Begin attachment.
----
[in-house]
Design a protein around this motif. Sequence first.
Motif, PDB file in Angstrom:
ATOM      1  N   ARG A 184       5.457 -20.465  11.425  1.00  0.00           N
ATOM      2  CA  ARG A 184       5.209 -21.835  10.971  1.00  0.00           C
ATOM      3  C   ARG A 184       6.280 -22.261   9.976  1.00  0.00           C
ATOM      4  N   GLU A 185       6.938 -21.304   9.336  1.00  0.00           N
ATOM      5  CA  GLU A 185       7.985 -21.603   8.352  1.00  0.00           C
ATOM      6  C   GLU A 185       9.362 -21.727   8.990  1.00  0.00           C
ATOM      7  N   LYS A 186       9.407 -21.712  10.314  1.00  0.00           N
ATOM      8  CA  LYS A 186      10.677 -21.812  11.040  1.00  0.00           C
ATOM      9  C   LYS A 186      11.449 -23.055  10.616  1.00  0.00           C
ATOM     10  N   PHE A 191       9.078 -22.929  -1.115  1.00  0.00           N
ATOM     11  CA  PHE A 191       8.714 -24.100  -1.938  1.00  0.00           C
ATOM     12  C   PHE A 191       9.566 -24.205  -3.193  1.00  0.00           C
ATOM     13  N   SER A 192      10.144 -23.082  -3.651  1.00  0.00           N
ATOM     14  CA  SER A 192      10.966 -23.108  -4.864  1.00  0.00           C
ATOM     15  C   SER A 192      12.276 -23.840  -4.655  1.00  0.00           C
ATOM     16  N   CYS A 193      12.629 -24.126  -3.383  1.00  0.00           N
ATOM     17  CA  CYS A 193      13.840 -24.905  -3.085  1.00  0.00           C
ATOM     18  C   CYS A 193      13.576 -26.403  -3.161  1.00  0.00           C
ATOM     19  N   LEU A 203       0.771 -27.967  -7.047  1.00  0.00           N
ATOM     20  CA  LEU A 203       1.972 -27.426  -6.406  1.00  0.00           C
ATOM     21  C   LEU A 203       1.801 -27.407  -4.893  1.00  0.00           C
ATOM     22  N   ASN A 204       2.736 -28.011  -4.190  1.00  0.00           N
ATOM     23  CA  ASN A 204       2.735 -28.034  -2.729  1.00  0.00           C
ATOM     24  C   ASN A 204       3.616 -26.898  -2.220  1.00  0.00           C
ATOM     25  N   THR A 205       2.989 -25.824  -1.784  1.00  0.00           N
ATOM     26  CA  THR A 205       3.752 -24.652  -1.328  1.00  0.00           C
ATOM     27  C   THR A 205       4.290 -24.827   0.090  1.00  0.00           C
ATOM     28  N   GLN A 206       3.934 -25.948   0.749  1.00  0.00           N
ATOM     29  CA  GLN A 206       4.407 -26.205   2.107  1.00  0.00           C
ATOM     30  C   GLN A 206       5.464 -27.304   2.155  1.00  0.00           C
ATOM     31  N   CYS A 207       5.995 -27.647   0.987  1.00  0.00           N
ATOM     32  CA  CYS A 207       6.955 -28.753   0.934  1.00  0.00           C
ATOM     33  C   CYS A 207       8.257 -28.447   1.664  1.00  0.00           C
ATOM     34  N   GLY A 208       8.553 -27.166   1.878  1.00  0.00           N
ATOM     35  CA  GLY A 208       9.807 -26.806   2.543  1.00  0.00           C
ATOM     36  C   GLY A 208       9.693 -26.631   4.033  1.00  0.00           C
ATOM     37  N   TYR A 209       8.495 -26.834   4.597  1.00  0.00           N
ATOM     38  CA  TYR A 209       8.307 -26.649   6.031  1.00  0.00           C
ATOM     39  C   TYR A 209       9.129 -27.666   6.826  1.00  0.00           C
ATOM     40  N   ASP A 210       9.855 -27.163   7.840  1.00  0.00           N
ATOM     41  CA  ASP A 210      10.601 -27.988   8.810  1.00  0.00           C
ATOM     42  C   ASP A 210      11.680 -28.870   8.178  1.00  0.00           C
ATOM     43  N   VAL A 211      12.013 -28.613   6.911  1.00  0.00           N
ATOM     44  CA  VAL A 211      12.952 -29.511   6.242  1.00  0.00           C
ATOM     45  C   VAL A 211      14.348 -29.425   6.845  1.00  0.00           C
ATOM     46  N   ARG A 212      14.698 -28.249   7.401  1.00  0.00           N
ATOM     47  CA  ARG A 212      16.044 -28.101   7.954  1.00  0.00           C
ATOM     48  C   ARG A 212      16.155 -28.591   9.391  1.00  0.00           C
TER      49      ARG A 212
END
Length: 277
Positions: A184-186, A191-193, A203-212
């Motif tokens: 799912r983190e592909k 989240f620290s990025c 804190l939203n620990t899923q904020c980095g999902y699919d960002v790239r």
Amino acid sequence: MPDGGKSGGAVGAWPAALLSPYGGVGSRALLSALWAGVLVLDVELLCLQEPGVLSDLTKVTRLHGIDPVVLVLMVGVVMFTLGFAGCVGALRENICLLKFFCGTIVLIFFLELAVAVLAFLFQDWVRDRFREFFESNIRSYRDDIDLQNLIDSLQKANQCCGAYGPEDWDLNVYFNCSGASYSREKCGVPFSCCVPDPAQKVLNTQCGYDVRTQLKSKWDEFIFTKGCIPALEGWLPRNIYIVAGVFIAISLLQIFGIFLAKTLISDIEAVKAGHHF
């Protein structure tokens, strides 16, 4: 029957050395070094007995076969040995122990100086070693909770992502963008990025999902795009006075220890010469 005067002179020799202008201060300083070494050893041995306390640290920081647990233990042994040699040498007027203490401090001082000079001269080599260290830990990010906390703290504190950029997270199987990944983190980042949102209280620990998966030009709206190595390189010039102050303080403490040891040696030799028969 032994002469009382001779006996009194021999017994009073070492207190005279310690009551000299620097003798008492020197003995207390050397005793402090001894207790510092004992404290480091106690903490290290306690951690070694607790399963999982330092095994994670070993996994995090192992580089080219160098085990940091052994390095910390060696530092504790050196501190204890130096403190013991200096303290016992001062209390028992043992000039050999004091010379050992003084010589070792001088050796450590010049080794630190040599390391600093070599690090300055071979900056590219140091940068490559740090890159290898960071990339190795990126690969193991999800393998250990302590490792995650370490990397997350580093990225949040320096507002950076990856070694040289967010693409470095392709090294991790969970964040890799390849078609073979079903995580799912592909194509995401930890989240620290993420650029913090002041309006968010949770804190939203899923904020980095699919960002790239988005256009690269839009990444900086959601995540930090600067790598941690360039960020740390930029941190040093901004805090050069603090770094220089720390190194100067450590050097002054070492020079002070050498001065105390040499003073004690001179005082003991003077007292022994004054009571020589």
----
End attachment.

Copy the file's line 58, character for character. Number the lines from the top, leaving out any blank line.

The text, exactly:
């Protein structure tokens, strides 16, 4: 029957050395070094007995076969040995122990100086070693909770992502963008990025999902795009006075220890010469 005067002179020799202008201060300083070494050893041995306390640290920081647990233990042994040699040498007027203490401090001082000079001269080599260290830990990010906390703290504190950029997270199987990944983190980042949102209280620990998966030009709206190595390189010039102050303080403490040891040696030799028969 032994002469009382001779006996009194021999017994009073070492207190005279310690009551000299620097003798008492020197003995207390050397005793402090001894207790510092004992404290480091106690903490290290306690951690070694607790399963999982330092095994994670070993996994995090192992580089080219160098085990940091052994390095910390060696530092504790050196501190204890130096403190013991200096303290016992001062209390028992043992000039050999004091010379050992003084010589070792001088050796450590010049080794630190040599390391600093070599690090300055071979900056590219140091940068490559740090890159290898960071990339190795990126690969193991999800393998250990302590490792995650370490990397997350580093990225949040320096507002950076990856070694040289967010693409470095392709090294991790969970964040890799390849078609073979079903995580799912592909194509995401930890989240620290993420650029913090002041309006968010949770804190939203899923904020980095699919960002790239988005256009690269839009990444900086959601995540930090600067790598941690360039960020740390930029941190040093901004805090050069603090770094220089720390190194100067450590050097002054070492020079002070050498001065105390040499003073004690001179005082003991003077007292022994004054009571020589």